At least make meetings useful….

I’ve made no secret of my disdain for regular meetings in the past.

I hate the ‘I need to say something clever’ brigade and the waste of valuable energy and time spent dealing with these comments.

I hate the meetings that simply exist to ‘tick a box’ and report on information that really should already be transparent to the business.

I hate the ‘non-committers'; wracked by a seemingly unshakable belief in not rocking the boat, if you have nothing to add don’t attend.

Most of all, I hate the product of group-think, a weakened and often bloated version of any original concept. Are all meetings useless? Not at all, but they should be by exception, if you’re having regular reporting or status meetings you have your communication all wrong.

I truly believe status meetings are organised to hide or cover some deficiency in the team or project. Meetings should be tied directly to a decision or action and should certainly not be a way of deferring action.

If you absolutely do need a meeting, at least follow some simple guidelines; none of the below is new. I’m sure there are countless articles which have the same advice, yet time and again I still see the same mistakes made.

Agenda tied directly to decisions
Make sure each agenda point represents a decision you are after. Be very clear, state the nature of the decision you are after.

If you want a specific discussion put specific agenda points, otherwise you’re just opening the scope for deviation, and please, if you do nothing else, circulate the agenda before the meeting which leads me to the next point.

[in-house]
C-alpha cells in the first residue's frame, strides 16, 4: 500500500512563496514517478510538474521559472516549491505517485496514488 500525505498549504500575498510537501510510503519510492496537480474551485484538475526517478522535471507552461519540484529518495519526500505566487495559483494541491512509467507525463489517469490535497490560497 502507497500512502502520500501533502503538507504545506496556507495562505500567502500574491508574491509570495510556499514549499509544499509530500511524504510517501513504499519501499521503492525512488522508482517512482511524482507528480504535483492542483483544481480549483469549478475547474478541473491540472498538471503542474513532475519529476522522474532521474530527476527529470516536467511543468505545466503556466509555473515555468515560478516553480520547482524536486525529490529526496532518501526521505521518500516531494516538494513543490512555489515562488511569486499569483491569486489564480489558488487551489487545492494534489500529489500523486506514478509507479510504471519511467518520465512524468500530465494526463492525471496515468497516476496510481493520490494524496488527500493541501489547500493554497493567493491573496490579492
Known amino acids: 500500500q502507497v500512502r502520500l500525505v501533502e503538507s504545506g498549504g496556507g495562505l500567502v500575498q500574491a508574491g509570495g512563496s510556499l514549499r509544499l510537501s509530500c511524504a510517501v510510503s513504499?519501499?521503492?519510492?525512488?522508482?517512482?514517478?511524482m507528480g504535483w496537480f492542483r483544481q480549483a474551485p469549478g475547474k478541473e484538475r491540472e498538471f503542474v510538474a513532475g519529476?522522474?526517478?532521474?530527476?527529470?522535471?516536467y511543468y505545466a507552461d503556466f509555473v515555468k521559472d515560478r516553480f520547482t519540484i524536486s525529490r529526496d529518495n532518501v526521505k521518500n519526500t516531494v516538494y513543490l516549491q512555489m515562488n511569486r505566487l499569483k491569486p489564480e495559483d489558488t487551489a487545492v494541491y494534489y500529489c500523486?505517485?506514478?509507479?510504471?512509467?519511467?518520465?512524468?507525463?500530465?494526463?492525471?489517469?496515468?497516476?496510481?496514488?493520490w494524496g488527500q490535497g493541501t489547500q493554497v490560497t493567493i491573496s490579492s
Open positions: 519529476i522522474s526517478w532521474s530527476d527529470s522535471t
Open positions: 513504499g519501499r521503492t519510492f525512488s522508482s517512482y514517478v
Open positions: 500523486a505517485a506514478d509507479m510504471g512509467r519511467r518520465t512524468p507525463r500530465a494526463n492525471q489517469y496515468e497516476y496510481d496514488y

I’m always surprised by the amount of people who don’t prepare for meetings. You need to have your supporting evidence, metrics and information ready to go. The discussion part of the meeting should be kept to a minimum and ideally the majority of discussion points should be accounted for as much as possible prior to the meeting.

If people are genuinely surprised by the information you’re bringing to the table then you really need to look at better communication.

Set a time limit and stick to it. Set time limits on each agenda/decision item. If you let the timebox creep you’re not reinforcing the message that attendees need to prepare before the meeting and most definitely you’re wasting everyone’s time.

Make sure you repeat the agreed decisions and actions at the end of the meeting. Draw a line under it and move on. Be very clear that this meeting is done and do not let a meeting overhang happen.

(A meeting overhang is where an attendee aims to keep the agenda points going via an email discussion after the meeting)

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